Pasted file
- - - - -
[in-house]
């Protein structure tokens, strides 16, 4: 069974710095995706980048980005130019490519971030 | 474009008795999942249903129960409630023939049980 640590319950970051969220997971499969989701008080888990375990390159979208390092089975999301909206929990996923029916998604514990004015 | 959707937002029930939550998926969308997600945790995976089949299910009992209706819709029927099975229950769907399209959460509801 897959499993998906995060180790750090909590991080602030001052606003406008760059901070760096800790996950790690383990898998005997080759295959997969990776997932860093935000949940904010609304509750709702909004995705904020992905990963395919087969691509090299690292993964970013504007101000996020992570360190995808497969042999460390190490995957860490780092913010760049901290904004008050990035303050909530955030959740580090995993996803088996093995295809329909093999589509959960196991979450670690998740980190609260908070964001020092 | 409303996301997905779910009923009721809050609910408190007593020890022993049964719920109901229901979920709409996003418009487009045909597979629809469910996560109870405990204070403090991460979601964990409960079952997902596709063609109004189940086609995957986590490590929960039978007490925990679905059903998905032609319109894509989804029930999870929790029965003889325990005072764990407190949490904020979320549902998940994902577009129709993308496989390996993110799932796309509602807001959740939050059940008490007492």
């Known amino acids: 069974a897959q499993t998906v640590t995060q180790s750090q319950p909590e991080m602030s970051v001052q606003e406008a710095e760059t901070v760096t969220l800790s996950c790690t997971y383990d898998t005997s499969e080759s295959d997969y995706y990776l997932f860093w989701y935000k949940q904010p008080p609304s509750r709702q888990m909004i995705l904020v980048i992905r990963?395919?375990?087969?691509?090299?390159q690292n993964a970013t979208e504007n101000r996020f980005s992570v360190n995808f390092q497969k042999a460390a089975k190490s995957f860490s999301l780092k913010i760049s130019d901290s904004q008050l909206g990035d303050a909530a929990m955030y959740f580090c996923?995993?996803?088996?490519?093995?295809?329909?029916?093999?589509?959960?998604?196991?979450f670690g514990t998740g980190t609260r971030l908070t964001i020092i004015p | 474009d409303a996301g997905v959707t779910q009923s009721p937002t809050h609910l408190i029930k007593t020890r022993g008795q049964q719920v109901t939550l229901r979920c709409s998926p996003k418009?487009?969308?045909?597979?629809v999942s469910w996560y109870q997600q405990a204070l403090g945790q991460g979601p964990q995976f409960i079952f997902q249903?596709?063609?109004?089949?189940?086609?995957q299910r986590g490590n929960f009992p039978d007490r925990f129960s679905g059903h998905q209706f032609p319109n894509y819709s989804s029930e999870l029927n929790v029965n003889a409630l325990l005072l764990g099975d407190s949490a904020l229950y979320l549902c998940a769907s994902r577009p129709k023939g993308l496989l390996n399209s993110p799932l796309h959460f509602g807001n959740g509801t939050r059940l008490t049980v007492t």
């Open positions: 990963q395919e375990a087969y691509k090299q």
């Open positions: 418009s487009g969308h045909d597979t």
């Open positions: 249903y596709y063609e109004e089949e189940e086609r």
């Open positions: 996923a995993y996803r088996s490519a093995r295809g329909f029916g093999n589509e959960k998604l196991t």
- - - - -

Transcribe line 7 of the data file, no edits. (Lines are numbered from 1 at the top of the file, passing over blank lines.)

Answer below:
């Open positions: 996923a995993y996803r088996s490519a093995r295809g329909f029916g093999n589509e959960k998604l196991t």